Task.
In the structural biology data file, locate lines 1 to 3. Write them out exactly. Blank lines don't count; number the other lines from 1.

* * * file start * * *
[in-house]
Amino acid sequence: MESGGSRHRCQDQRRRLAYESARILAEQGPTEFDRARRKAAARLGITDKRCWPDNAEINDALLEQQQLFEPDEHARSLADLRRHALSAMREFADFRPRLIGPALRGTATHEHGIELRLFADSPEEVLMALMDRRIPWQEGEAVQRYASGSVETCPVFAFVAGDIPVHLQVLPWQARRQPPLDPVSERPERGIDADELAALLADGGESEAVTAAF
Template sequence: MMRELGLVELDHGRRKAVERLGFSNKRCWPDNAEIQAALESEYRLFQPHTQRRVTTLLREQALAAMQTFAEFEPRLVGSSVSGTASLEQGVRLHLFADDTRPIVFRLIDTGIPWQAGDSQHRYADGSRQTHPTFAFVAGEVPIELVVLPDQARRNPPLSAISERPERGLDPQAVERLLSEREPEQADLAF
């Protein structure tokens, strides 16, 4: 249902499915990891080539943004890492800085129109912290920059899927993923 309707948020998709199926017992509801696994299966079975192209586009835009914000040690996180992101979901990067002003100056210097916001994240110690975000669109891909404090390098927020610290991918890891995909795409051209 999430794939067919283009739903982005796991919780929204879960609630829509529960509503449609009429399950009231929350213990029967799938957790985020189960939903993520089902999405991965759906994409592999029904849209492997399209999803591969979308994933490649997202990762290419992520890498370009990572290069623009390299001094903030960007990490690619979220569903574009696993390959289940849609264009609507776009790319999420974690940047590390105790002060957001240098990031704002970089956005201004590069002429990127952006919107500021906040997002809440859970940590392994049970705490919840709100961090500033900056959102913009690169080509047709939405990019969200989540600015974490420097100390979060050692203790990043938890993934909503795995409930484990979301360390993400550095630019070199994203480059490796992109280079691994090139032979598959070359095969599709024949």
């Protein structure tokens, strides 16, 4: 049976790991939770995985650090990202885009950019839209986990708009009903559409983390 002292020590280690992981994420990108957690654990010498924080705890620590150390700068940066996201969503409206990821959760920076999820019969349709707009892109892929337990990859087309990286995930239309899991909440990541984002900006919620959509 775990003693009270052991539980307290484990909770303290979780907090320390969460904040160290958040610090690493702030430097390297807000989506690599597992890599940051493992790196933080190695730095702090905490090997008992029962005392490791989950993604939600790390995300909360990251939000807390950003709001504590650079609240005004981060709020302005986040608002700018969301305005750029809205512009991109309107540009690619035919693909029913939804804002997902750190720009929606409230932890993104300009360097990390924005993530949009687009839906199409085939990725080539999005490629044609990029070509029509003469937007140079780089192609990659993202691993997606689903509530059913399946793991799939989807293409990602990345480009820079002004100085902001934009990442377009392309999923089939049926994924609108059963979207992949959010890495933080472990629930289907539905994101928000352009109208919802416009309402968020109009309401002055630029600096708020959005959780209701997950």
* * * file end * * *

[in-house]
Amino acid sequence: MESGGSRHRCQDQRRRLAYESARILAEQGPTEFDRARRKAAARLGITDKRCWPDNAEINDALLEQQQLFEPDEHARSLADLRRHALSAMREFADFRPRLIGPALRGTATHEHGIELRLFADSPEEVLMALMDRRIPWQEGEAVQRYASGSVETCPVFAFVAGDIPVHLQVLPWQARRQPPLDPVSERPERGIDADELAALLADGGESEAVTAAF
Template sequence: MMRELGLVELDHGRRKAVERLGFSNKRCWPDNAEIQAALESEYRLFQPHTQRRVTTLLREQALAAMQTFAEFEPRLVGSSVSGTASLEQGVRLHLFADDTRPIVFRLIDTGIPWQAGDSQHRYADGSRQTHPTFAFVAGEVPIELVVLPDQARRNPPLSAISERPERGLDPQAVERLLSEREPEQADLAF